Proactive fraud monitoring is a crucial element in the fight against fraud
PwC’s Global Economic Crime and Fraud Survey 2018 found that 49% of their respondents said that their companies had experienced fraud or economic crime in the previous two years – up from 36% in their 2016.
But PwC believes that the real number is actually much higher; they suggest that some victims are simply not aware that fraud is taking place, and that too few companies are fully aware of the risks they face. We’ve all heard of well-reported cases where fraud went undetected for many years.
The Association of Certified Fraud Examiners, Inc.’s 2018 Report to the Nations, a fascinating global study which examines data from 2,960 cases in 125 countries, found that the median duration of a fraud scheme was 16 months. The more senior the perpetrator, the longer the fraud scheme was likely to go undetected:
And not surprisingly, there’s a strong correlation between the perpetrator’s level of authority and the size of the loss:
They also found that fraudsters tend to start small and increase their frauds rapidly over the first three years.
However sophisticated your preventive controls and processes are, there’s always a possibility that someone in your organization can find a way to bypass them, so it’s crucial to implement proactive fraud detection measures to identify fraudulent activity quickly and minimize the damage.
What are the most effective anti-fraud controls?
Of course, we’ll never be able to measure the amount of fraud that is prevented by our controls, but ACFE’s study assessed the relative effectiveness of different control mechanisms by comparing the losses reported by organizations that had specific controls in place against losses experienced by those that hadn’t implemented that control:
It found that the use of proactive data monitoring and analysis was associated with a 52% reduction in fraud losses. It was also correlated with a 58% reduction in the duration of fraud schemes (see below), indicating that it is one of the most useful tools an organisation can deploy in the fight against fraud.
Fraud monitoring increases your chances of catching fraud early
Data monitoring tools enable you to monitor changes to critical data elements, such as master data or key application control settings, and trigger alerts when specified conditions occur.
The key to implementing such solutions effectively involves people from different parts of the organisation working together to define what constitutes fraud and identify behaviours that could indicate suspicious activity.
Key business users, IT applications staff and audit/compliance specialists should work together to identify activities within your ERP systems that indicate significant risk, specify what needs to be monitored, and define the parameters of events that should trigger alerts.
What should you consider when implementing a fraud monitoring tool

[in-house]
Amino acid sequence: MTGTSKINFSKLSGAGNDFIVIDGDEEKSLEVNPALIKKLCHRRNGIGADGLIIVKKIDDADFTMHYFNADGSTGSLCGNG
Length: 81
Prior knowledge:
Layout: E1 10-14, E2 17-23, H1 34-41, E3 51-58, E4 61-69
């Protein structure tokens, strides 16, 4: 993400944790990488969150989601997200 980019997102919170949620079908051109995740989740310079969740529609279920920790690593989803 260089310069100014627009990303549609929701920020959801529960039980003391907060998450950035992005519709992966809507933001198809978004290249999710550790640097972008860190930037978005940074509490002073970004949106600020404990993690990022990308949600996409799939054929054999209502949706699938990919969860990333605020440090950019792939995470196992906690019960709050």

- Build scenarios of how someone could carry out different types of fraud, with examples of the actions they would need to perform in your ERP. This will help you to decide what to monitor and when to trigger alerts. It will also help you to identify known anomalies that can be disregarded.
- To reduce the risk of fraud escalating, you must be able to respond quickly to red flags, based on the severity of the incident. Alerts should be given a severity level to notify recipients how urgently they need to act.
- Don’t be tempted to fire off too many alerts. If busy people receive a bunch of notifications every day, most of which turn out to be about anomalies, or changes where the risk is minimal, they’ll start to ignore them. When people receive alerts infrequently, they are more likely to investigate them.
- So be selective! For example, rather than monitoring for any change to a specified data item, your monitoring tool should offer comparison operators which allow you to specify which change conditions are significant.
- Testing alerts with sample data is insufficient for finding patterns. Always run a test of your alerts over live data.
- Consider monitoring changes to master data, such as bank accounts, and application control / system configuration settings. Unexpected events in these areas are likely to be suspicious. Make sure that your solution records “before” and “after” values so you can see when a significant change has been made and then reversed.
- Ensure that your monitoring tool logs all the important fields. If activity does turn out to be fraudulent, detailed information may be needed to support a criminal investigation.
- Consider how you will manage the process of investigating, resolving, and reviewing alerts. Using workflow will help you ensure that actions are carried out in a timely manner or escalated when appropriate.
- If you use more than one ERP system, the opportunity for fraud is greatest where one end-to-end process straddles different systems. Most monitoring tools are geared to operate within a specific ERP, so it’s important to match up alerts from the different systems to gain the complete picture. Typically, you can use a reporting tool to achieve this.
- Good communication is crucial in creating a risk-aware culture. Everyone involved in the process needs to understand the bigger picture and the importance of their part in it.
Find out more about our fraud monitoring tools for Oracle E-Business Suite, JD Edwards EnterpriseOne and JD Edwards World, or if you’d like to discuss your organization’s requirements, please contact us.